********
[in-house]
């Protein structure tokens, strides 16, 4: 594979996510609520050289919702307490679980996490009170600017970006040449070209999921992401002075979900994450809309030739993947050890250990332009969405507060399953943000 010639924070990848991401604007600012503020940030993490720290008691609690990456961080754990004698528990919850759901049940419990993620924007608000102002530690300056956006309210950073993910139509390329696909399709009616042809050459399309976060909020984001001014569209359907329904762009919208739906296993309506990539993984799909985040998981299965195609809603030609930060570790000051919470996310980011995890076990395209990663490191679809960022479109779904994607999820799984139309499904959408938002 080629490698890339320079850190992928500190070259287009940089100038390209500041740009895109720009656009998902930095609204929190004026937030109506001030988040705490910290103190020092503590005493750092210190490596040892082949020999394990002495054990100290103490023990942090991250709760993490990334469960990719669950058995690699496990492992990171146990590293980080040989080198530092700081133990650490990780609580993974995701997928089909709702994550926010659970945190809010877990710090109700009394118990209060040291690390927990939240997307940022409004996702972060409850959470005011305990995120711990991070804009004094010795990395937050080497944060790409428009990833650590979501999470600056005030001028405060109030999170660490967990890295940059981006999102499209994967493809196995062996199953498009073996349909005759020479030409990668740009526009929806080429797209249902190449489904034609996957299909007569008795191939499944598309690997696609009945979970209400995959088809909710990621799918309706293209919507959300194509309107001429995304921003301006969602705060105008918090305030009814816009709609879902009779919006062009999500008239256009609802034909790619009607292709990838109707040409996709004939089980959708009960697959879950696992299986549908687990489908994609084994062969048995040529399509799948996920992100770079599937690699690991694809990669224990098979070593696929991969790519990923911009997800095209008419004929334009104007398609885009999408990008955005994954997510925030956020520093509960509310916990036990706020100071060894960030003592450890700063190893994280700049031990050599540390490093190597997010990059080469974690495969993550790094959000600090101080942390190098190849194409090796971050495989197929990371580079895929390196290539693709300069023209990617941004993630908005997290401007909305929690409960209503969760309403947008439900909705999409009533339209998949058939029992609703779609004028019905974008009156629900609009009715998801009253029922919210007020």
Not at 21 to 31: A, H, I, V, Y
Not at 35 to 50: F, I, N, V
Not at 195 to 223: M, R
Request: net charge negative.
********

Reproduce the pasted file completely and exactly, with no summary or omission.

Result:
[in-house]
């Protein structure tokens, strides 16, 4: 594979996510609520050289919702307490679980996490009170600017970006040449070209999921992401002075979900994450809309030739993947050890250990332009969405507060399953943000 010639924070990848991401604007600012503020940030993490720290008691609690990456961080754990004698528990919850759901049940419990993620924007608000102002530690300056956006309210950073993910139509390329696909399709009616042809050459399309976060909020984001001014569209359907329904762009919208739906296993309506990539993984799909985040998981299965195609809603030609930060570790000051919470996310980011995890076990395209990663490191679809960022479109779904994607999820799984139309499904959408938002 080629490698890339320079850190992928500190070259287009940089100038390209500041740009895109720009656009998902930095609204929190004026937030109506001030988040705490910290103190020092503590005493750092210190490596040892082949020999394990002495054990100290103490023990942090991250709760993490990334469960990719669950058995690699496990492992990171146990590293980080040989080198530092700081133990650490990780609580993974995701997928089909709702994550926010659970945190809010877990710090109700009394118990209060040291690390927990939240997307940022409004996702972060409850959470005011305990995120711990991070804009004094010795990395937050080497944060790409428009990833650590979501999470600056005030001028405060109030999170660490967990890295940059981006999102499209994967493809196995062996199953498009073996349909005759020479030409990668740009526009929806080429797209249902190449489904034609996957299909007569008795191939499944598309690997696609009945979970209400995959088809909710990621799918309706293209919507959300194509309107001429995304921003301006969602705060105008918090305030009814816009709609879902009779919006062009999500008239256009609802034909790619009607292709990838109707040409996709004939089980959708009960697959879950696992299986549908687990489908994609084994062969048995040529399509799948996920992100770079599937690699690991694809990669224990098979070593696929991969790519990923911009997800095209008419004929334009104007398609885009999408990008955005994954997510925030956020520093509960509310916990036990706020100071060894960030003592450890700063190893994280700049031990050599540390490093190597997010990059080469974690495969993550790094959000600090101080942390190098190849194409090796971050495989197929990371580079895929390196290539693709300069023209990617941004993630908005997290401007909305929690409960209503969760309403947008439900909705999409009533339209998949058939029992609703779609004028019905974008009156629900609009009715998801009253029922919210007020």
Not at 21 to 31: A, H, I, V, Y
Not at 35 to 50: F, I, N, V
Not at 195 to 223: M, R
Request: net charge negative.